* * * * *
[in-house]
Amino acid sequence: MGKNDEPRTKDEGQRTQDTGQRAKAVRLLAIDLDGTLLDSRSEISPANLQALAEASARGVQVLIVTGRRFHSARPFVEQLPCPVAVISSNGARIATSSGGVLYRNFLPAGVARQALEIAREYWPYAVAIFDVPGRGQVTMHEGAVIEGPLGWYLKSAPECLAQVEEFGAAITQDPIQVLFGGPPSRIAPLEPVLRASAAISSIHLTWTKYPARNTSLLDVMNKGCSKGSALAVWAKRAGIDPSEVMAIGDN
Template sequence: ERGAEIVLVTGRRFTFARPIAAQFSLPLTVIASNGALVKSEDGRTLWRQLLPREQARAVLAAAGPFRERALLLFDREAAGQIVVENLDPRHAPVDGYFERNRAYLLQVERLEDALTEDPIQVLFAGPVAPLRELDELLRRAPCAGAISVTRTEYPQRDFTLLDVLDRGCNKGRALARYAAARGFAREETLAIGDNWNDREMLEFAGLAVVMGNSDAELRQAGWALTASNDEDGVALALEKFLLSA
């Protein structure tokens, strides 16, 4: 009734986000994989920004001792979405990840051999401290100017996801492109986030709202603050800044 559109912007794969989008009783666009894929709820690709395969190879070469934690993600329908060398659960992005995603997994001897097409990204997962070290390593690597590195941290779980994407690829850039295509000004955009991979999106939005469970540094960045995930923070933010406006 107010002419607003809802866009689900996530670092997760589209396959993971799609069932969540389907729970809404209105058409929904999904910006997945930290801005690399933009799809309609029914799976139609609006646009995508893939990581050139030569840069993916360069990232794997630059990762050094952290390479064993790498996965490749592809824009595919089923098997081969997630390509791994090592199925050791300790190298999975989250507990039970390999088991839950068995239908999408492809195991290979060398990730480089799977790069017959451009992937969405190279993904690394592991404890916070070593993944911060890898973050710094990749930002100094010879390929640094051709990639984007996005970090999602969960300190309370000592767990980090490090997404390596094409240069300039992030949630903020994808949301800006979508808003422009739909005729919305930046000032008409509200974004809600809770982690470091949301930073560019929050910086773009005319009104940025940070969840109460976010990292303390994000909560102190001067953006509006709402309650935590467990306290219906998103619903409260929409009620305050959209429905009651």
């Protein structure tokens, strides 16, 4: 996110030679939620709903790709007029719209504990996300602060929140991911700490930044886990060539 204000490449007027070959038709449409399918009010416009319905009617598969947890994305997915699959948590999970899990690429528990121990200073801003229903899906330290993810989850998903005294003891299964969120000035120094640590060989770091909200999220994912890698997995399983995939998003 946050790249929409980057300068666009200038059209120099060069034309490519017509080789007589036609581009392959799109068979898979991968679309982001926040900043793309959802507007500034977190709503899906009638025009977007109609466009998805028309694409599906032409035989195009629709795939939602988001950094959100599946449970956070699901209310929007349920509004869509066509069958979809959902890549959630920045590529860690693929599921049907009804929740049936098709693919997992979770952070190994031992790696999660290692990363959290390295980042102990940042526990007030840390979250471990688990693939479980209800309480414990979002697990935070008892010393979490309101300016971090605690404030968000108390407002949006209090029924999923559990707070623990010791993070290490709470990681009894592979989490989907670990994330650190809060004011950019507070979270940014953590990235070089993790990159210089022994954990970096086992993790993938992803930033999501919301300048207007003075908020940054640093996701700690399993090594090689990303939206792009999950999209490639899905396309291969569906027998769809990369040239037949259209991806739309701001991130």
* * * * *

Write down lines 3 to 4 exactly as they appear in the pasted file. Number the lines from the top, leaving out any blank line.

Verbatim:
Template sequence: ERGAEIVLVTGRRFTFARPIAAQFSLPLTVIASNGALVKSEDGRTLWRQLLPREQARAVLAAAGPFRERALLLFDREAAGQIVVENLDPRHAPVDGYFERNRAYLLQVERLEDALTEDPIQVLFAGPVAPLRELDELLRRAPCAGAISVTRTEYPQRDFTLLDVLDRGCNKGRALARYAAARGFAREETLAIGDNWNDREMLEFAGLAVVMGNSDAELRQAGWALTASNDEDGVALALEKFLLSA
């Protein structure tokens, strides 16, 4: 009734986000994989920004001792979405990840051999401290100017996801492109986030709202603050800044 559109912007794969989008009783666009894929709820690709395969190879070469934690993600329908060398659960992005995603997994001897097409990204997962070290390593690597590195941290779980994407690829850039295509000004955009991979999106939005469970540094960045995930923070933010406006 107010002419607003809802866009689900996530670092997760589209396959993971799609069932969540389907729970809404209105058409929904999904910006997945930290801005690399933009799809309609029914799976139609609006646009995508893939990581050139030569840069993916360069990232794997630059990762050094952290390479064993790498996965490749592809824009595919089923098997081969997630390509791994090592199925050791300790190298999975989250507990039970390999088991839950068995239908999408492809195991290979060398990730480089799977790069017959451009992937969405190279993904690394592991404890916070070593993944911060890898973050710094990749930002100094010879390929640094051709990639984007996005970090999602969960300190309370000592767990980090490090997404390596094409240069300039992030949630903020994808949301800006979508808003422009739909005729919305930046000032008409509200974004809600809770982690470091949301930073560019929050910086773009005319009104940025940070969840109460976010990292303390994000909560102190001067953006509006709402309650935590467990306290219906998103619903409260929409009620305050959209429905009651």